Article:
Wednesday 10 September 2014

Innovation and its place in the changing scholarly publishing landscape

Amy Brand from Digital Science takes questions
Amy Brand opened the ALPSP International Conference 2014 with a keynote reflecting on innovation, how its main function is to advance research, and how vital it is for publishers to participate in the linked information landscape.

There are crucial changes in academic publishing that are directed towards the challenges of new efficiencies in a data publishing environment. It is simply no longer good enough to just read the text. Researchers need to get behind the curtain or under the hood. Who owns what? Institution, funder, publishers? The shifts in landscape are leading to land grabs. There are institutional resources for management alongside publishers ones. But the good news is that there are many new opportunities for publishers to develop new services.

The act of creating something entirely new is an act of innovation. Brand was inspired by her experience at MIT Press. In the late 90s they experimented with open access monographs and were very successful at it. Another MIT  project CogNet was one of the first online tools for researchers. It was very exciting to work on it and proved to be one of the projects that drew her away from books and on to CrossRef.

One of the principle aims of Digital Science is to work smart in order to discover more. They work with researchers, librarians, academic administrators, funders and publishers, who all want to enhance their own platforms. So they spend a lot of time looking at workflows between all these stakeholders. They have built a portfolio of nine different companies and provide supporting tools for every part of the research life cycle.

Innovation sticks when it addresses a specific need. Pain not necessity is the mother of invention. Brand's check list for publishers comprises six 'pain points'.

Paint point number 1: 'I want a smarter way to manage my own record of scholarship.'

Researchers want a one stop interface that manages all aspects from activity reports, personal website, CV grant applications, institutional repository and lab website. Persistent identifiers are one way to help and what ORCID is trying to achieve (although it has not moved as quickly as they would've liked). ORCID identifiers are not all that sexy, but if everyone used them it would dramatically improve the academic world.

Pain point 2: 'I need better ways to manage and share my research data and other outputs'

Figshare allows publishers to host large amount of data and articles with no impact on your infrastructure. Brand believes working in partnership with figshare is a no brainer for publishers.

Pain point 3: 'I'm finding it impossible to keep up with the relevant literature in my field.'

Getting information from the internet is like trying to drink from a fire hose. Sophisticated filtering and recommendation services should be more closely integrated into the publishers' platforms. And this is what ReadCube tries to do: personalised recommendations best on researcher's libraries.

Pain point 4: 'I want to become more efficient at finding collaborators and funding opportunities.'

There are various services and systems available that can help publishers identify candidate peer reviewers. One example, Uber Research, brings in a wider pool of reviewers from a database. They can be filtered on expertise and conflict of interest. This is a real example of linked data that presents an opportunity for publishers to improve how they engage with the peer review process and minimise reviewer fatigue.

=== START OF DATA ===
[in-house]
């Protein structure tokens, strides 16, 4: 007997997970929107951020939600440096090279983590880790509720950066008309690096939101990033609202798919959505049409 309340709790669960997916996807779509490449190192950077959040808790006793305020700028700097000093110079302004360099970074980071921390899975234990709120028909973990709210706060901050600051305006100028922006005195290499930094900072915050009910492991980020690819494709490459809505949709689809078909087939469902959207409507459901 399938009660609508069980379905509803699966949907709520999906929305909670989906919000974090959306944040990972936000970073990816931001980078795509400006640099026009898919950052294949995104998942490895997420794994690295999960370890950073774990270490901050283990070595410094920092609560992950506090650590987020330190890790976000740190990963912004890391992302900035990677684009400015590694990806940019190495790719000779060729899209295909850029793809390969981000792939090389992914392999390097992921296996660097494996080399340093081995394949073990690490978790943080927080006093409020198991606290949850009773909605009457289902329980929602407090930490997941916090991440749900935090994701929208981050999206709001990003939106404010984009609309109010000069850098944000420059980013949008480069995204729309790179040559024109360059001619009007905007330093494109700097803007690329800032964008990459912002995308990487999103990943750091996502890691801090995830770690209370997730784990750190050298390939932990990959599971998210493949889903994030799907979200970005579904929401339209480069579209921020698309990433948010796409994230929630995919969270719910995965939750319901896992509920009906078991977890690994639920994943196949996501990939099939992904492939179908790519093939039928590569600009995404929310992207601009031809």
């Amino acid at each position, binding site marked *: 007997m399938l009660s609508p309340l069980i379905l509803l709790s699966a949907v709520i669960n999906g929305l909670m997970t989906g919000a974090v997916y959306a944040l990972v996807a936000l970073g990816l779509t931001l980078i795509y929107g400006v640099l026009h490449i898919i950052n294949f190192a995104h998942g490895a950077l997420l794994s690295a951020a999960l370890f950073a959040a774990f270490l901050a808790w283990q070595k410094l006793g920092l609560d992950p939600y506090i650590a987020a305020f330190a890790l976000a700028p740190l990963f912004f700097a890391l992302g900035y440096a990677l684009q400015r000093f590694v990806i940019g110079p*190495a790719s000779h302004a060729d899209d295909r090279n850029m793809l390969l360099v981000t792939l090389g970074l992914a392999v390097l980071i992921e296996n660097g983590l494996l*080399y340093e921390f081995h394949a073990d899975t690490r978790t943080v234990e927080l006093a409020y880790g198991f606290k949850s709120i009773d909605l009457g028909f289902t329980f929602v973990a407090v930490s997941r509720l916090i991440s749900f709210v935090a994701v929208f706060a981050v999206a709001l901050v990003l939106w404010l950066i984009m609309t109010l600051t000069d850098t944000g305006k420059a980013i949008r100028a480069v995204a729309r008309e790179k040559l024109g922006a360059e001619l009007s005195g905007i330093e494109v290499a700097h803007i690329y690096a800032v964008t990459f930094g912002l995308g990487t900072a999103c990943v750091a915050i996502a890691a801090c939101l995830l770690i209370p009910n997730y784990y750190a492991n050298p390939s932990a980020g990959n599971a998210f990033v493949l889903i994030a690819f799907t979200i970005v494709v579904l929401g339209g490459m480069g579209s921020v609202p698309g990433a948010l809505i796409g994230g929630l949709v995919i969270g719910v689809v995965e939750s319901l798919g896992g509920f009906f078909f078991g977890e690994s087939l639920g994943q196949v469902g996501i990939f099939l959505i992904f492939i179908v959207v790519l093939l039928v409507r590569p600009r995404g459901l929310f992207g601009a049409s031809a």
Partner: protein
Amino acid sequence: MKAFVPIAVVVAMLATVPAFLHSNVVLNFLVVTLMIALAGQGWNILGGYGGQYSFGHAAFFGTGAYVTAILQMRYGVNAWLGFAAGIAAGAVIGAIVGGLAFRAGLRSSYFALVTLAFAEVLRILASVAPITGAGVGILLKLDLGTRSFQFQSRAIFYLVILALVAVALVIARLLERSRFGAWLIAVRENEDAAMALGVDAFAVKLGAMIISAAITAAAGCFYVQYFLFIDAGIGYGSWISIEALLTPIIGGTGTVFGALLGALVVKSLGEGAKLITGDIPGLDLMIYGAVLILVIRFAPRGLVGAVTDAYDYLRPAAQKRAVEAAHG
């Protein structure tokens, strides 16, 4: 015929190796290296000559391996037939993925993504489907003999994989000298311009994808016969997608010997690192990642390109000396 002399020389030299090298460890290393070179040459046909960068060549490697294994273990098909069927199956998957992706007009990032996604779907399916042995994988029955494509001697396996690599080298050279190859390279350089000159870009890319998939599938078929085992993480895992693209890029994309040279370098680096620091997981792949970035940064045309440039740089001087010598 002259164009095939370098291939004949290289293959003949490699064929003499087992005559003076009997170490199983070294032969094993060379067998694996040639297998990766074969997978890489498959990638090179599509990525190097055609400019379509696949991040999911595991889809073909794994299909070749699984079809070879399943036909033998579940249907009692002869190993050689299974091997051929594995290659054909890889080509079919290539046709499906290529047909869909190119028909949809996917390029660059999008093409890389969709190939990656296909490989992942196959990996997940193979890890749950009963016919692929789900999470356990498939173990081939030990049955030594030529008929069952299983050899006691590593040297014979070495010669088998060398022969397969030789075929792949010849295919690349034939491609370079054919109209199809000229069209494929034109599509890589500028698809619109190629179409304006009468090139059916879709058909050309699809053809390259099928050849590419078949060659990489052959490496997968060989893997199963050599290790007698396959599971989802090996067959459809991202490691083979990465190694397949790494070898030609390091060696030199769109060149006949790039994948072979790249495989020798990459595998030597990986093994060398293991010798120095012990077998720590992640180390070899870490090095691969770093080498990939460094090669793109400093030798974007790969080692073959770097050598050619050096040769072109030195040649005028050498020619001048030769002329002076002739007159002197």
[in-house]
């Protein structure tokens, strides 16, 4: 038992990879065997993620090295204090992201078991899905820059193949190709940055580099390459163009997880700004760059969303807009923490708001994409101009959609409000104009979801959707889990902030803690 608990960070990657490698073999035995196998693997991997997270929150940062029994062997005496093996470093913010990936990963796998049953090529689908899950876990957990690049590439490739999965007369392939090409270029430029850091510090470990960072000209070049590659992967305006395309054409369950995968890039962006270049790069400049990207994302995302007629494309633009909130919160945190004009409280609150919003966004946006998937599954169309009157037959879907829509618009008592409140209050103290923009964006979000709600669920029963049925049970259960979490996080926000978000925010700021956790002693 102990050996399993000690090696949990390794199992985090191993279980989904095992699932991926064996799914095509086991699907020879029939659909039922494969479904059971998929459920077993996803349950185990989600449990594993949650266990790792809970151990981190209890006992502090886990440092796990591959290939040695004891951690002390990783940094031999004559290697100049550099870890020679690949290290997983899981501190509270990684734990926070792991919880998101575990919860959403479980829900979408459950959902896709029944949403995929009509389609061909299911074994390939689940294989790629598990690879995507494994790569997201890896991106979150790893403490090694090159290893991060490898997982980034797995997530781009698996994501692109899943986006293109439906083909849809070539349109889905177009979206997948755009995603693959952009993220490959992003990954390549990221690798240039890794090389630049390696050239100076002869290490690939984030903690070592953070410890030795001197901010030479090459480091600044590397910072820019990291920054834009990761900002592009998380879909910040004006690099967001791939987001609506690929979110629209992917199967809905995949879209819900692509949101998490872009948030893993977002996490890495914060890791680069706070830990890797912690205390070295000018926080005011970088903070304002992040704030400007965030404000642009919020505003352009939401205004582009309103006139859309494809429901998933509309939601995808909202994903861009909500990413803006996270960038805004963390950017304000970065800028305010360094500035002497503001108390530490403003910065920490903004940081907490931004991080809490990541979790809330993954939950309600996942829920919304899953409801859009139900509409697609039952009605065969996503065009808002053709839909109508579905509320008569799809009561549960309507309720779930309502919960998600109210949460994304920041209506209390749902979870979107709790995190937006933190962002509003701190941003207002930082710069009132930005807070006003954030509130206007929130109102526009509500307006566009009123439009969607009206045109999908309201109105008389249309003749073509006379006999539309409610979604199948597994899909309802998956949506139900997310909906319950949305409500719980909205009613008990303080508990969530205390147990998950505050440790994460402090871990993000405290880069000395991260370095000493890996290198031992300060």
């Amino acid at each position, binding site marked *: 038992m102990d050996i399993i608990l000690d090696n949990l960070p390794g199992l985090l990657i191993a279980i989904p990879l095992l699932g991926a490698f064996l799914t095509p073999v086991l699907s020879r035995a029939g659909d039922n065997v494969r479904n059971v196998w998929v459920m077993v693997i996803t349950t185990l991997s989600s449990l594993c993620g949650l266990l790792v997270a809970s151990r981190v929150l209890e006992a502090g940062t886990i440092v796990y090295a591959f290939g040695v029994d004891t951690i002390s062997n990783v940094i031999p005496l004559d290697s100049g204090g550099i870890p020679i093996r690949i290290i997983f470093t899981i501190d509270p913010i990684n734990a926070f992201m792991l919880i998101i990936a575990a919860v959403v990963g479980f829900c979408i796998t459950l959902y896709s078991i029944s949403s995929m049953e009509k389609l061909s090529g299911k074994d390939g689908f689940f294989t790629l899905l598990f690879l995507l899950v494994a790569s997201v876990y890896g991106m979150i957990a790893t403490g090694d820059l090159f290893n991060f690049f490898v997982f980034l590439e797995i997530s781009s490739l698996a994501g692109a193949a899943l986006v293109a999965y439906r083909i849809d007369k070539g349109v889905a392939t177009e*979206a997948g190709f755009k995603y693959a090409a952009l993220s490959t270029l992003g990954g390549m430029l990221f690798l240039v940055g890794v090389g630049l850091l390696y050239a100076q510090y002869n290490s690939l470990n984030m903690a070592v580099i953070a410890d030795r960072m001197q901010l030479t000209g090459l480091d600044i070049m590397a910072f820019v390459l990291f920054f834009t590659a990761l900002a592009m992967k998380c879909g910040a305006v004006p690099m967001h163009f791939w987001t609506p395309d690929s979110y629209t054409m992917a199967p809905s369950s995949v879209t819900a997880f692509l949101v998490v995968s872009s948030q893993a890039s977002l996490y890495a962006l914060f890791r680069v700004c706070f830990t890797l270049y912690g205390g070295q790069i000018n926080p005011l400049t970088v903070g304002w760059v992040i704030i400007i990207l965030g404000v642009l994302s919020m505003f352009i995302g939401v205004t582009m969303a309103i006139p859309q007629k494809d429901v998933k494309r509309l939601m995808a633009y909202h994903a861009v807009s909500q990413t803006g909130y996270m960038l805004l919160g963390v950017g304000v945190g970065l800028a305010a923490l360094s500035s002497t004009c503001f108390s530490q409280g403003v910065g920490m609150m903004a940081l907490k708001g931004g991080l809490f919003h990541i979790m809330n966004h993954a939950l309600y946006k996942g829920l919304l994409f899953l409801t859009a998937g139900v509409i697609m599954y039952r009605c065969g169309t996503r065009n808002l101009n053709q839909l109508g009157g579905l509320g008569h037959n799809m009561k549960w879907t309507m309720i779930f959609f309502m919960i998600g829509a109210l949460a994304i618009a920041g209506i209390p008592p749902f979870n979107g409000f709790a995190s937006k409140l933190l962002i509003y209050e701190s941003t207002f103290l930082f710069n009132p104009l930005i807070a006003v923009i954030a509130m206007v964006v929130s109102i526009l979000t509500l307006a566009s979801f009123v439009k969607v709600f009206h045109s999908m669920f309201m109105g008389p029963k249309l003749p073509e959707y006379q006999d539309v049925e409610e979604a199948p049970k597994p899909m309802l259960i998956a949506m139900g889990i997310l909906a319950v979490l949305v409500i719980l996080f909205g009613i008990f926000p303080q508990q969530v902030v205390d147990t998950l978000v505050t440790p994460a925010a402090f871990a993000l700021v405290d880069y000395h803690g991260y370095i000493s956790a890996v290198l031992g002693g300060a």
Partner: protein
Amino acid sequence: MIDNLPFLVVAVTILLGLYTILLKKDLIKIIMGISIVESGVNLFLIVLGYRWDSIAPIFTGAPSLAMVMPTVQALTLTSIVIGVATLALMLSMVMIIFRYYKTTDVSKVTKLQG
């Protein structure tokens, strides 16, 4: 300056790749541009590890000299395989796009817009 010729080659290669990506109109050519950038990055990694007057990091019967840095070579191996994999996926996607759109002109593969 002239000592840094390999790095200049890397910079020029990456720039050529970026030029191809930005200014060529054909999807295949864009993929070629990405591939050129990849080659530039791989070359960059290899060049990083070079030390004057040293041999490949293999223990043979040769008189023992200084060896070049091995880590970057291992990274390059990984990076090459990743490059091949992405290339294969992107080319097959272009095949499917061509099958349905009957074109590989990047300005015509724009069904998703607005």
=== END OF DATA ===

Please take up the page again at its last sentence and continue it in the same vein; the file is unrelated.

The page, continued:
Pain point 5: 'Pay walls keep me from accessing needed resources and from disseminating my work as widely as possible.'

How can publishers be new partners for innovative access models? What about differentiated access? As the conference is in Heathrow, think about how airlines break down costs for carry on baggage, early check in, etc. With ReadCube, instead of facing paywalls, the institution has patron-driven but paid access to articles in the library. Brand urged publishers to sell more granular bits of information on the book side as well.

Pain point 6: 'Academic incentives and evaluation norms exert too much control over my research and publication choices.'

The traditional paradigms of where you publish (high Impact Factor, prestige monograph publishers) can constrain the direction of your research. The Journal of Statistical Software is a great example: they provide reproducible code and software tools for readers. Altmetric helps researchers read around the subject and authors can check engagement downstream. It can provide a tremendous force for change as readers start their own little revolutions on what to read.

A more radical way is turning the idea of authors on its head. The relationship between authorship, invention and credit is broken. The Harvard-Wellcome draft taxonomy is helping to drive credit for discovery which in turn can have a huge impact on a person's life and career. (Brand flagged the open invitation to CASRAI-NISO contributor role taxonomy review circle.)

Brand finished with a series of questions she feels publishers should be asking themselves to innovate effectively.
  1. Are you using and contributing linked data?
  2. Have you implemented ORCID IDs in your workflow?
  3. How are you increasing engagement with your content?
  4. Do your journals support data sharing?
  5. Are you displaying article-level metrics?
  6. Do you offer differentiated access options for your users?
  7. How do you currently capture contribution, and how can we collectively improve the tracking of research credit?

Amy Brand is Vice President of Academic & Research Relations and North America for Digital Science.  

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